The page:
When this offseason began for the Washington Capitals, the list of things that general manager George McPhee had to address was daunting, to say the least.
Find a new coach.
Have a successful draft.
Find a second-line center.
Get the key restricted free agents resigned while, at the same time, try and collect important pieces via unrestricted free agency.
Deal with the Alexander Semin situation—well that was pretty much just a matter of saying good bye to Semin, but you get the picture.
Barely two months later, McPhee has whittled his to-do list down considerably. A good article on McPhee's offseason accomplishments can be found here at sickunbelievable.com.
I don't see how a Caps' fan can be anything but pleased with what McPhee has done in the offseason.
First he solved the problem he has had since Sergei Federov returned to Russia by trading for Mike Ribeiro and obtaining his second-line center in the process (Washington Times).
Not satisfied with just drafting Forsberg and Wilson, McPhee took it to the next level by recently signing Forsberg to a three year deal (Washington Times) and then signing Wilson to a similar deal (Washington Post).
To make a good situation even better, McPhee got both guys involved with the Caps other draft choices at the Caps development camp in early July (Washington Post).
On the free-agency front, McPhee has resigned numerous important pieces of the Caps lineup including Mathieu Perreault and Jay Beagle (Sports Illustrated).
McPhee then took what many consider to be a gamble—but one with immense upside potential—by reaching a new three year, $18.25 million deal with often injured defenseman Mike Green (Washington Post). Many Caps' fans did not like this move. But Green did play quite well in the playoffs so, perhaps, he has turned the corner.
As for unrestricted free agents, McPhee has made a few moves. Nothing big or splashy. But he has signed players that should add depth to the team. For instance, a left winger like Wojtek Wolski could be a suitable replacement for Alex Semin, if Semin does in fact leave.
Something similar could be said for Ryan Stoa or defenseman Jack Hillen. Thus far, McPhee has been quite shrewd with the moves he has made—and there are still a few moves out there that he could yet make.
And then there was McPhee's choice for the new head coach. As all Caps' fans know, McPhee gave the nod to former team captain, Adam Oates (Washington Times), in the hope that Oates could bring a more up-tempo style of game back to the Caps, while maintaining the defensive toughness the team displayed under Dale Hunter.
In what might be a good omen, Oates then got selected for induction into the Hall of Fame (Washington Times) later that day.
And then, very recently, McPhee helped Oates fill out his coaching staff by bringing in former Caps' player Calle Johansson as an assistant coach (Washington Post). Johansson might be a bit light on experience but certainly has a lot of enthusiasm.
Then, as reported by Katie Carrera yesterday, Oates rounded out his coaching staff by naming Tim Hunter as an assistant coach (Washington Post). In sharp contrast to Johansson, Hunter has tons of experience as an assistant coach—13 seasons to be exact—including some prior experience in DC.
That is a lot for any GM to accomplish in an offseason, let alone one that still has a few months remaining to it.
About the only thing McPhee has not done is resolve this pesky CBA situation that threatens the entire upcoming season.
But in reality, there are a few offseason needs that McPhee has not completely addressed yet.
Here are four things McPhee and the Caps still need to address, or at least address further, before the start of the new season.
I have said it before. I have written about it before. Frankly, I am tired of preaching to the choir about this.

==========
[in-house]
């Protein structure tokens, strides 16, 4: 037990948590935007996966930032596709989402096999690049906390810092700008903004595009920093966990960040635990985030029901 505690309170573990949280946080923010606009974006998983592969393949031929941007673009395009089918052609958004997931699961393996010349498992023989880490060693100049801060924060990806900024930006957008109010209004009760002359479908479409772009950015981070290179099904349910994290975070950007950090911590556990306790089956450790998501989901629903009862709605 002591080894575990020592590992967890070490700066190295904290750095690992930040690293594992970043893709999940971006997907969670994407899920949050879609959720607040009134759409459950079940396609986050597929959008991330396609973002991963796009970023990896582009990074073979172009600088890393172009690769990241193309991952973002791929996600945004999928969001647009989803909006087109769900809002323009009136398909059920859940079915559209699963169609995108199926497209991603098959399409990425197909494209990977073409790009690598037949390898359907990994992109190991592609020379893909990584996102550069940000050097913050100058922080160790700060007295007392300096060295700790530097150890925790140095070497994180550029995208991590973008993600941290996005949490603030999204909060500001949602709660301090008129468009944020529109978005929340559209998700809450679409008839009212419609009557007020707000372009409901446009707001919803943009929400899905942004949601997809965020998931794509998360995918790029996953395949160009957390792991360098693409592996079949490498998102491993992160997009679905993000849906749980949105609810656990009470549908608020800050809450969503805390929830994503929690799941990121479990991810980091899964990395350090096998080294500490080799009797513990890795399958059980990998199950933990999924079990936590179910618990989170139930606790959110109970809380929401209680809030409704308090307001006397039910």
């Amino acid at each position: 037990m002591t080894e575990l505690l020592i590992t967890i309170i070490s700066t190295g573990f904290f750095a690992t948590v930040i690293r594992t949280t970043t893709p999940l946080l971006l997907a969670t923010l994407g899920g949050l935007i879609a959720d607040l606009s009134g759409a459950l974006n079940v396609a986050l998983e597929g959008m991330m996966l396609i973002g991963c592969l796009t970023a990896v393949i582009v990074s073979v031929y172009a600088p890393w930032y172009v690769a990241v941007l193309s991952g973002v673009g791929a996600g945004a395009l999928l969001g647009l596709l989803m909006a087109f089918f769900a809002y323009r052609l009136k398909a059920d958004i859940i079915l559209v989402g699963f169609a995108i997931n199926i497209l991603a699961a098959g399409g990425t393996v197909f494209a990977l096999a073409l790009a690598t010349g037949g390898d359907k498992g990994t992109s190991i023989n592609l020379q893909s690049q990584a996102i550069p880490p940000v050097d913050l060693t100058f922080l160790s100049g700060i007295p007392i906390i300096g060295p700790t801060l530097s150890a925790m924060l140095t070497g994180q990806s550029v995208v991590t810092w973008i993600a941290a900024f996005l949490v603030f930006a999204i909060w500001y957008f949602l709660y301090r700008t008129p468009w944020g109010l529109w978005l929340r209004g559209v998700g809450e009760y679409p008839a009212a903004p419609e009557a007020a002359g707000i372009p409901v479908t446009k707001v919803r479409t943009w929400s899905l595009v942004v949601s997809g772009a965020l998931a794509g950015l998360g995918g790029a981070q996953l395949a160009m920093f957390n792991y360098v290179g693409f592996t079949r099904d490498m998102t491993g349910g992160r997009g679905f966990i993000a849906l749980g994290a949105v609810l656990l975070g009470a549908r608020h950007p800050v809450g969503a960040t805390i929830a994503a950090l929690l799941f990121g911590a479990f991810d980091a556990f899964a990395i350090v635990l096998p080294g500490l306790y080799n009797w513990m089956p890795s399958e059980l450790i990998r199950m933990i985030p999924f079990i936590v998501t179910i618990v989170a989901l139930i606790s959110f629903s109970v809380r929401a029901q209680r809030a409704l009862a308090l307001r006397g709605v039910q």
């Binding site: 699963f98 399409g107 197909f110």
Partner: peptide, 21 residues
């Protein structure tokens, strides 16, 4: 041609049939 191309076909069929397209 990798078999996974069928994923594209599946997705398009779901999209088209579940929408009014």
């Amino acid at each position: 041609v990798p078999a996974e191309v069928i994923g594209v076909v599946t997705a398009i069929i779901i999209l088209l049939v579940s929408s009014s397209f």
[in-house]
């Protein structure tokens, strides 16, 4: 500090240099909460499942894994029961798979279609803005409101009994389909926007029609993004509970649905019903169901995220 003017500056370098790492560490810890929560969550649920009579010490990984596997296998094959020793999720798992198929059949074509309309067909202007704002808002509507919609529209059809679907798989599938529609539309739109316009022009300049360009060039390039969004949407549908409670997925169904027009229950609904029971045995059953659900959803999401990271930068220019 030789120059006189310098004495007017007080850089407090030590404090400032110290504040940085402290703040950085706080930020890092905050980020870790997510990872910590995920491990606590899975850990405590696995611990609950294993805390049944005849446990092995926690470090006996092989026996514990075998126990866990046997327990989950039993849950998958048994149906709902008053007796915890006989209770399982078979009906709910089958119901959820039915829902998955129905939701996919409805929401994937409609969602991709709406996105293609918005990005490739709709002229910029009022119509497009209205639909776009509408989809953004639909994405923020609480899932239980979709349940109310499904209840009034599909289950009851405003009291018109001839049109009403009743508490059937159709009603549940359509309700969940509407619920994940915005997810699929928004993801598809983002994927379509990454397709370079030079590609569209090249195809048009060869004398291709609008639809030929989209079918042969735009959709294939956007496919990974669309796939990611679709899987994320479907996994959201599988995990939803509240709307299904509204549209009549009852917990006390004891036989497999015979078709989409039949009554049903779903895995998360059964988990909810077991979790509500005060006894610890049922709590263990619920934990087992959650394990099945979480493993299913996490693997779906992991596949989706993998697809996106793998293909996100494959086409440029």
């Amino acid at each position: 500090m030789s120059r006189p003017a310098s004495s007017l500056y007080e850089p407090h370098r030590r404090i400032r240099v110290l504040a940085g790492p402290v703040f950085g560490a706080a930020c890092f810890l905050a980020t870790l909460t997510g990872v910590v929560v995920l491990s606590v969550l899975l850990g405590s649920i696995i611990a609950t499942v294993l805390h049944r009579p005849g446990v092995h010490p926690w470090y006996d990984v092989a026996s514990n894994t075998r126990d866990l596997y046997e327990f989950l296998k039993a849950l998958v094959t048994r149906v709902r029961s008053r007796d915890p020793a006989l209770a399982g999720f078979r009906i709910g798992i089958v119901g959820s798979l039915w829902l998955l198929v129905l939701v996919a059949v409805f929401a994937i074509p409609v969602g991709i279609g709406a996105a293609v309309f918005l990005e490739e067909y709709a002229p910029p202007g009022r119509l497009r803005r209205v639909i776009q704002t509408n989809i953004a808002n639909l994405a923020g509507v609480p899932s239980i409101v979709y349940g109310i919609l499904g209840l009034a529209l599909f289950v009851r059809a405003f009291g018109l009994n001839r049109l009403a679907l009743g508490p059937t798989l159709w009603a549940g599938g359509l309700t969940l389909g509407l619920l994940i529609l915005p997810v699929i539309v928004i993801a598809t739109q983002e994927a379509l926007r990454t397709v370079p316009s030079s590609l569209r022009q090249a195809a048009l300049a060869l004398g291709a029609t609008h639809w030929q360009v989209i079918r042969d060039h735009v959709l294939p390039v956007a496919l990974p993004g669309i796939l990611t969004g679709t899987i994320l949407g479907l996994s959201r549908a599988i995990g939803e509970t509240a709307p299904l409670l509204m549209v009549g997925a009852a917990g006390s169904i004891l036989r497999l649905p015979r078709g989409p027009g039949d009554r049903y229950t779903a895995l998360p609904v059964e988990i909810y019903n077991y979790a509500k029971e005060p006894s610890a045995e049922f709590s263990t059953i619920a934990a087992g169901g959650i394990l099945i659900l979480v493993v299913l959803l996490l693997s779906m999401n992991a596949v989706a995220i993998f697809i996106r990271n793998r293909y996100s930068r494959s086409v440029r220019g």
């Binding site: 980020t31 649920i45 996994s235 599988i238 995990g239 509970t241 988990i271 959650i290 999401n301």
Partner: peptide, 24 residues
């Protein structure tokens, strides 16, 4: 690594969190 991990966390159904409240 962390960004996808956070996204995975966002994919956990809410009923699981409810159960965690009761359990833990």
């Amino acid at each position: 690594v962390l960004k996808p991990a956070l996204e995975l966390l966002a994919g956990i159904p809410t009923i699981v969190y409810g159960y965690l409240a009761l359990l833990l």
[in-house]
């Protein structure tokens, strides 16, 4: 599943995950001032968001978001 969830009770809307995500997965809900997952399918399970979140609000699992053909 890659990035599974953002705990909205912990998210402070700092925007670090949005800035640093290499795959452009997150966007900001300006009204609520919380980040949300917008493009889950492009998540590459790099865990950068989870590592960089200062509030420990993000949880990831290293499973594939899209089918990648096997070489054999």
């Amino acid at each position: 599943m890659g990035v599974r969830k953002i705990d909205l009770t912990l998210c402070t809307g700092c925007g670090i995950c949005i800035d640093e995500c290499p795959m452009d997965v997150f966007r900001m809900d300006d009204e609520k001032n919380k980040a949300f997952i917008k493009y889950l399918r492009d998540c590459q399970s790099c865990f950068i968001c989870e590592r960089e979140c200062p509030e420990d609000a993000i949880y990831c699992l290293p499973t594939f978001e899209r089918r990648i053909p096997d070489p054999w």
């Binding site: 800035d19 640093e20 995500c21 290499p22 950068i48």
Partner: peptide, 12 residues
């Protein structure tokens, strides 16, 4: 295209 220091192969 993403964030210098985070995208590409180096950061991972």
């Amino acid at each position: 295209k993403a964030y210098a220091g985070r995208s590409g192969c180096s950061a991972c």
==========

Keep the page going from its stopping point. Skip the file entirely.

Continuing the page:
But I will do it again anyway.
One thing George McPhee needs to get done is he has to resign John Carlson.
Now I am not saying he should be giving Carlson the same sort of money he just gave to Mike Green. Maybe if Carlson ever has a 70-point season, then they can cross that bridge. True, Green might not ever hit 70 points again, but he did it once and that carries some weight.
Nevertheless, Carlson probably deserves more than the qualifying offer the Caps gave him. He did not have a good 2011-2012 regular season as he had only nine goals, 23 assists, a paltry 32 points and a downright dismal minus-15 rating.
But I think Carlson earned a pay raise by his performance in the playoffs. His pairing with Karl Alzner in the playoffs solidified Carlson as one of the two best defenders on the Caps. Alzner and Carlson shut down the best the Boston Bruins and New York Rangers could throw at them time and time again.
If Carlson resigns, then he and Alzner could absolutely become one of the better defensive pairings in the NHL, along the lines of Zdeno Chara and Dennis Seidenberg or the now-splintered combination of Ryan Suter and Shea Weber.
Carlson improved so much during the playoffs, both defensively and as a scoring threat that if the Caps do not retain his services it would be the kind of blow that could really set the team back.
I think it will get done sooner rather than later. As Kevin Klein at sickunbelievable.com reported, in the days leading up to the Mike Green signing, McPhee indicated that contracts for both defensemen were forthcoming (sickunbelievable.com).
Obviously that was very true as to Green. But there has been no word as to Carlson yet.
I would say this is the most important offseason need that has not yet been met.
I categorize this as an offseason need that has only been partially met.
Like many Caps' fans, I was not surprised, or particularly disappointed, to see Dennis Wideman get dealt to the Calgary Flames (Washington Times). Wideman is a good two-way defender but he made too many mistakes for my liking.
Still his departure left a hole for the Caps to fill on defense. As mentioned previously, the Caps have made some moves towards this goal by some of their free-agent signings.
However I feel some more moves could be made here and the Caps should target a big physical unrestricted free agent that will be able to easily adapt to, and perhaps even advance, the defensive philosophy begun by Dale Hunter last season (and that, in all likelihood, will also be stressed by Adam Oates and his coaching staff).
There is nothing wrong with Jack Hillen or Garrett Stafford—but neither one is really on the same level as someone like Wideman.